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Two trucks from National Security, a military-style police force that has received U.S. training, left their base at 11 p.m. to find quiet streets. A few cars circulated, and groups of men chatted at pastry shops and falafel stands.

The officers said they handle occasional car thefts and burglaries and, most commonly, fights — a sign of how little serious crime remains. They visited a Palestinian checkpoint, one of four on the city’s exits marking the limits of their jurisdiction.

Ten minutes before midnight, headquarters radioed that the Israeli army was going to enter the city. No one knew when or why, but within 10 minutes, all the city’s Palestinian forces were back on base. Even the door guards had to lock themselves inside.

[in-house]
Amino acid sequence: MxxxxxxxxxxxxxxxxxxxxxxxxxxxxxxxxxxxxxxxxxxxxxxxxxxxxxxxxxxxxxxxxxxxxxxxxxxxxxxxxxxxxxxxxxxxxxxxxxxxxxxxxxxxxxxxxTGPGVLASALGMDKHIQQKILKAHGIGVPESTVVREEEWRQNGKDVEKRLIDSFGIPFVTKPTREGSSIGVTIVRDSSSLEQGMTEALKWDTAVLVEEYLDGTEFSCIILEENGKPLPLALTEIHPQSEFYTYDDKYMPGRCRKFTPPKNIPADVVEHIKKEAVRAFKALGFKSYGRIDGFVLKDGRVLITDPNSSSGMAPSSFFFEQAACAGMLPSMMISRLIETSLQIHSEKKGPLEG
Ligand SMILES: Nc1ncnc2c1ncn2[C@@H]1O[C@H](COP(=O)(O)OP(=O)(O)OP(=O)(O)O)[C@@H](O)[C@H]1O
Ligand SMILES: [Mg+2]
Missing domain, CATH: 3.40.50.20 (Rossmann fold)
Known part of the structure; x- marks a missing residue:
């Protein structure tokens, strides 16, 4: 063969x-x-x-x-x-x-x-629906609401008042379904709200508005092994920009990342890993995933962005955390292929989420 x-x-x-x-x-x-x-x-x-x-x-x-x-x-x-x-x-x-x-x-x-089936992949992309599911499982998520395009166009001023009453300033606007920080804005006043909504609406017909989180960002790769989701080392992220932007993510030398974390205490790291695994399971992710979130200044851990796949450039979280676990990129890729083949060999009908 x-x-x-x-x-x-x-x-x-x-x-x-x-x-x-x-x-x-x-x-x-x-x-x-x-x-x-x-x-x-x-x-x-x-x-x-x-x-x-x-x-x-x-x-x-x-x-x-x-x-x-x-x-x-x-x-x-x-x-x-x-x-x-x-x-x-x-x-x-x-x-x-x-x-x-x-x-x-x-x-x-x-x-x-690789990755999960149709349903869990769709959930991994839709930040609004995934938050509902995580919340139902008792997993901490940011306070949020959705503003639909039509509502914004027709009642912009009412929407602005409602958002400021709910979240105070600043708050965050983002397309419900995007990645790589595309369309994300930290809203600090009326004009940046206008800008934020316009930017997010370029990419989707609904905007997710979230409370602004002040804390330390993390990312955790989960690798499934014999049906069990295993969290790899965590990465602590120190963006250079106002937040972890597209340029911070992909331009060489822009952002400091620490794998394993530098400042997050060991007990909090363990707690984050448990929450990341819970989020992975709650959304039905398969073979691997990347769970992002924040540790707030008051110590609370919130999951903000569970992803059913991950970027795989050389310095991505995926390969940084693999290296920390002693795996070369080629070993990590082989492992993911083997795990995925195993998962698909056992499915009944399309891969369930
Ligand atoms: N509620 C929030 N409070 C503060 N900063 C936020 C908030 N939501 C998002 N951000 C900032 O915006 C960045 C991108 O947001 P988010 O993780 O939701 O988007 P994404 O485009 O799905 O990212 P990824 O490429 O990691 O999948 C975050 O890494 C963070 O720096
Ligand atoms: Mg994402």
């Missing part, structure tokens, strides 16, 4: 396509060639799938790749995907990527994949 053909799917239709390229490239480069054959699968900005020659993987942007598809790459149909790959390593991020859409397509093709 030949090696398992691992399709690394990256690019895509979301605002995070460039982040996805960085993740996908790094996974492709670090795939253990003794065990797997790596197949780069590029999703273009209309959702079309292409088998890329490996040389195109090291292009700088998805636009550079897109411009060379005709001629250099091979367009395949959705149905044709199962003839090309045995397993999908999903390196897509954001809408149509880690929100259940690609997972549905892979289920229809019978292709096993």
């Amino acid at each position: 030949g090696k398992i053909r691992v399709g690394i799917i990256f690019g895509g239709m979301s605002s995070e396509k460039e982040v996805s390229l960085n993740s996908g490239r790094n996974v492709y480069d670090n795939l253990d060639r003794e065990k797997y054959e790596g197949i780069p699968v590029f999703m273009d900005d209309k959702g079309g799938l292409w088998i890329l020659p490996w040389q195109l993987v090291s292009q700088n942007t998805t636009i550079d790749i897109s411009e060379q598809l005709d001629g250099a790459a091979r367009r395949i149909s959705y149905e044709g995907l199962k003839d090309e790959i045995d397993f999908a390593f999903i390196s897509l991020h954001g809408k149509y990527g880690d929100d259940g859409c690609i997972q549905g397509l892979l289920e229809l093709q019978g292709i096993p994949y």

The next day, the army called the incursion “a routine patrol.”

Palestinian Interior Minister Said Abu Ali, who oversees the security forces, said these incursions undermine his forces. But he rejected allegations that Israel gives them orders.

“The security apparatus don’t work to serve or perpetuate the occupation,” he said. “They are part of the Palestinian institutions that represent our national aspiration to end the occupation and found the Palestinian state.”

The Israeli army says the coordination allows Palestinian autonomy, to a limit.

“When there is a serious threat, Israel does what it needs to do,” said spokesman Maj. Peter Lerner.

The cooperation has been boosted by the common enemy of Hamas, the Islamist group that ousted Mr. Abbas‘ forces from the Gaza Strip in 2007 and now runs a rival government there.

In the West Bank, Mr. Abbas‘ forces often arrest Hamas activists after Israel releases them, indicating close coordination.

A senior Israeli intelligence official praised the Palestinian security efforts but warned that maintaining security in the West Bank depends on progress in currently stalled peace talks with Israel.